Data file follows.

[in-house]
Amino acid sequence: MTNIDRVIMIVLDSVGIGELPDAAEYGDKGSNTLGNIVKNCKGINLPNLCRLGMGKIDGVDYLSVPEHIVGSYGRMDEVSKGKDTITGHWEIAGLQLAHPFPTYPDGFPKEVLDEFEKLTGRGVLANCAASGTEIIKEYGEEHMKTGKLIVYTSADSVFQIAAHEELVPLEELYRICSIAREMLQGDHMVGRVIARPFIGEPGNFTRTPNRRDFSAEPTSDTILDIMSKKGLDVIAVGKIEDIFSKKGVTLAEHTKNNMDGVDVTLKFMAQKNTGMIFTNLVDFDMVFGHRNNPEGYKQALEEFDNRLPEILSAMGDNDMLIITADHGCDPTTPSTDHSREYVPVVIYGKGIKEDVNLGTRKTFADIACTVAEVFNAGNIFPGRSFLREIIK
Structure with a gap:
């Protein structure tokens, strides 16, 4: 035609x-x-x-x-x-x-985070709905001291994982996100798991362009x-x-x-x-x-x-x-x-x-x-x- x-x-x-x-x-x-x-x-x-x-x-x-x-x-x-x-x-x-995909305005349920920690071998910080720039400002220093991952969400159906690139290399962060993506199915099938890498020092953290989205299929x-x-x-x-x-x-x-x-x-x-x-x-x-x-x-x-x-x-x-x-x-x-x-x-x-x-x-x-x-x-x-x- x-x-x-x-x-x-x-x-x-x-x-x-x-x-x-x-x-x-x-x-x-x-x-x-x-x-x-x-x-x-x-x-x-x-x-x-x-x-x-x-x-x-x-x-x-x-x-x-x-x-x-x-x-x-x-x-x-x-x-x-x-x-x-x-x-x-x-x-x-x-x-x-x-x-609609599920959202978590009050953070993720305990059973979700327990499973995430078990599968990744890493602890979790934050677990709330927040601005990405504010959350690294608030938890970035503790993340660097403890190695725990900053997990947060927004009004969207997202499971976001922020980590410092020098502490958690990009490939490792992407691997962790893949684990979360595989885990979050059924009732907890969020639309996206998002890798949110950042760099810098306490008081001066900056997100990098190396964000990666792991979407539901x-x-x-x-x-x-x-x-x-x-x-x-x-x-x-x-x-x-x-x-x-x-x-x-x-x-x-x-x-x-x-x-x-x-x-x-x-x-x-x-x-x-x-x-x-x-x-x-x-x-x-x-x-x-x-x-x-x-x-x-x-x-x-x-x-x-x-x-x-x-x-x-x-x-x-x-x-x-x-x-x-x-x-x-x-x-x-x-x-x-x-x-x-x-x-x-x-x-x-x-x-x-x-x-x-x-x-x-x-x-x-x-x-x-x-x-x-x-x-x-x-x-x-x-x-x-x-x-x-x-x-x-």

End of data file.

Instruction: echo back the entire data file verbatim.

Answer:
[in-house]
Amino acid sequence: MTNIDRVIMIVLDSVGIGELPDAAEYGDKGSNTLGNIVKNCKGINLPNLCRLGMGKIDGVDYLSVPEHIVGSYGRMDEVSKGKDTITGHWEIAGLQLAHPFPTYPDGFPKEVLDEFEKLTGRGVLANCAASGTEIIKEYGEEHMKTGKLIVYTSADSVFQIAAHEELVPLEELYRICSIAREMLQGDHMVGRVIARPFIGEPGNFTRTPNRRDFSAEPTSDTILDIMSKKGLDVIAVGKIEDIFSKKGVTLAEHTKNNMDGVDVTLKFMAQKNTGMIFTNLVDFDMVFGHRNNPEGYKQALEEFDNRLPEILSAMGDNDMLIITADHGCDPTTPSTDHSREYVPVVIYGKGIKEDVNLGTRKTFADIACTVAEVFNAGNIFPGRSFLREIIK
Structure with a gap:
């Protein structure tokens, strides 16, 4: 035609x-x-x-x-x-x-985070709905001291994982996100798991362009x-x-x-x-x-x-x-x-x-x-x- x-x-x-x-x-x-x-x-x-x-x-x-x-x-x-x-x-x-995909305005349920920690071998910080720039400002220093991952969400159906690139290399962060993506199915099938890498020092953290989205299929x-x-x-x-x-x-x-x-x-x-x-x-x-x-x-x-x-x-x-x-x-x-x-x-x-x-x-x-x-x-x-x- x-x-x-x-x-x-x-x-x-x-x-x-x-x-x-x-x-x-x-x-x-x-x-x-x-x-x-x-x-x-x-x-x-x-x-x-x-x-x-x-x-x-x-x-x-x-x-x-x-x-x-x-x-x-x-x-x-x-x-x-x-x-x-x-x-x-x-x-x-x-x-x-x-x-609609599920959202978590009050953070993720305990059973979700327990499973995430078990599968990744890493602890979790934050677990709330927040601005990405504010959350690294608030938890970035503790993340660097403890190695725990900053997990947060927004009004969207997202499971976001922020980590410092020098502490958690990009490939490792992407691997962790893949684990979360595989885990979050059924009732907890969020639309996206998002890798949110950042760099810098306490008081001066900056997100990098190396964000990666792991979407539901x-x-x-x-x-x-x-x-x-x-x-x-x-x-x-x-x-x-x-x-x-x-x-x-x-x-x-x-x-x-x-x-x-x-x-x-x-x-x-x-x-x-x-x-x-x-x-x-x-x-x-x-x-x-x-x-x-x-x-x-x-x-x-x-x-x-x-x-x-x-x-x-x-x-x-x-x-x-x-x-x-x-x-x-x-x-x-x-x-x-x-x-x-x-x-x-x-x-x-x-x-x-x-x-x-x-x-x-x-x-x-x-x-x-x-x-x-x-x-x-x-x-x-x-x-x-x-x-x-x-x-x-």